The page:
Last year, at age 31, Mohammed became the kingdom’s crown prince, next in line to the throne now held by his octogenarian father, King Salman. While pushing for women to drive, he has overseen the arrest of women’s rights activists. While calling for foreign investment, he has imprisoned businessmen, royals and others in a crackdown on corruption that soon resembled a shakedown of the kingdom’s most powerful people.

As Saudi defense minister from the age of 29, he pursued a war in Yemen against Shiite rebels that began a month after he took the helm and wears on today.

What the crown prince chooses next likely will affect the world’s largest oil producer for decades to come. And as the disappearance and feared death of Saudi journalist Jamal Khashoggi in Istanbul may show, the young prince will brook no dissent in reshaping the kingdom in his image.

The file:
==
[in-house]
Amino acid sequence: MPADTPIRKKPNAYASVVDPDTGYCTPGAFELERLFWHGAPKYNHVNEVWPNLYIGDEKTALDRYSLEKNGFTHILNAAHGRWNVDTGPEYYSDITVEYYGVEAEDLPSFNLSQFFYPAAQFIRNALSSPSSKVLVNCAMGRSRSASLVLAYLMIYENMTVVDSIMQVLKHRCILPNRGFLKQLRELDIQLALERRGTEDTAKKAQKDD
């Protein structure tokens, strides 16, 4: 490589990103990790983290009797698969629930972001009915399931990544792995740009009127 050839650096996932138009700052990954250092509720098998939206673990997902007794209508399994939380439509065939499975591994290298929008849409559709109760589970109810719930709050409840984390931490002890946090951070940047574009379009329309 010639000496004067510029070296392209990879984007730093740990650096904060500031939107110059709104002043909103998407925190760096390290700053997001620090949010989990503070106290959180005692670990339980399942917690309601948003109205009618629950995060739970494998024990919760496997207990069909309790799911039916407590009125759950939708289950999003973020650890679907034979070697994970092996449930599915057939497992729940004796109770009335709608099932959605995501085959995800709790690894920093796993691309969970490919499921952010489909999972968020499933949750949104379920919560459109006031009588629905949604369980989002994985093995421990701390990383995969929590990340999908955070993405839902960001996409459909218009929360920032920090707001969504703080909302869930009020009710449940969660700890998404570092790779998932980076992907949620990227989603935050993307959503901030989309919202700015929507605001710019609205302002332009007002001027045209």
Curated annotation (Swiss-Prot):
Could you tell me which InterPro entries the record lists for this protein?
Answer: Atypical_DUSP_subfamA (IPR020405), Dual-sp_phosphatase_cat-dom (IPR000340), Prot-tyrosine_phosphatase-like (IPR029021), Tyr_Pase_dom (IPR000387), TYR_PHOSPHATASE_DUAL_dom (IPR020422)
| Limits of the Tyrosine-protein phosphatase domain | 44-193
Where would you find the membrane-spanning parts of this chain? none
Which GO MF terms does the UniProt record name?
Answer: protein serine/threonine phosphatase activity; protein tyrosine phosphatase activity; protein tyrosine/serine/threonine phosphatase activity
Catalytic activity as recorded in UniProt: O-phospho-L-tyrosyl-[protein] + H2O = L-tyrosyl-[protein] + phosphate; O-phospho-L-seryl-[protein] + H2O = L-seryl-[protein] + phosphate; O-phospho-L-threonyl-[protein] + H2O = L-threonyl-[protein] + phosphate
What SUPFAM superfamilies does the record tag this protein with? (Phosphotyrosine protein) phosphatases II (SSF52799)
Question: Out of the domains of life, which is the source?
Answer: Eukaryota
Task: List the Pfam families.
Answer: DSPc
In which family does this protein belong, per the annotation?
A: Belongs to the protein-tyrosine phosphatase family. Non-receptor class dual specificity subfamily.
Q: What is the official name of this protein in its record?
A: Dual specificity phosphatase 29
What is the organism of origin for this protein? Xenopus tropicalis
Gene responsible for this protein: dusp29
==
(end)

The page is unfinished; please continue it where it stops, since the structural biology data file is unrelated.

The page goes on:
Facebook says it purged more than 800 spam accounts, pages

NEW YORK — Facebook said it has purged more than 800 U.S. pages and accounts for spamming users with politically-tinged garbage links and clickbait just weeks ahead of the U.S. midterm elections.

The banned accounts and Facebook sites exhibited “coordinated inauthentic behavior” such as working together to make the pages appear more popular than they actually are. This, Facebook said, was designed to mislead users about who they are and what they’re doing.

The social network said these accounts spread “sensational political content” designed to drive people to ad-laden websites outside Facebook. In the past, such spammers have often focused on celebrity gossip, weight loss remedies and fake iPhones.

Pages Facebook removed fell on both sides on the political spectrum, Facebook said, although it declined to say if there were more on the right or the left. The removed pages included the conservative “Nation in Distress” and the left-wing “Snowflakes,” among others with names such as “Reasonable People Unite,” “The Resistance” and “Right Wing News.”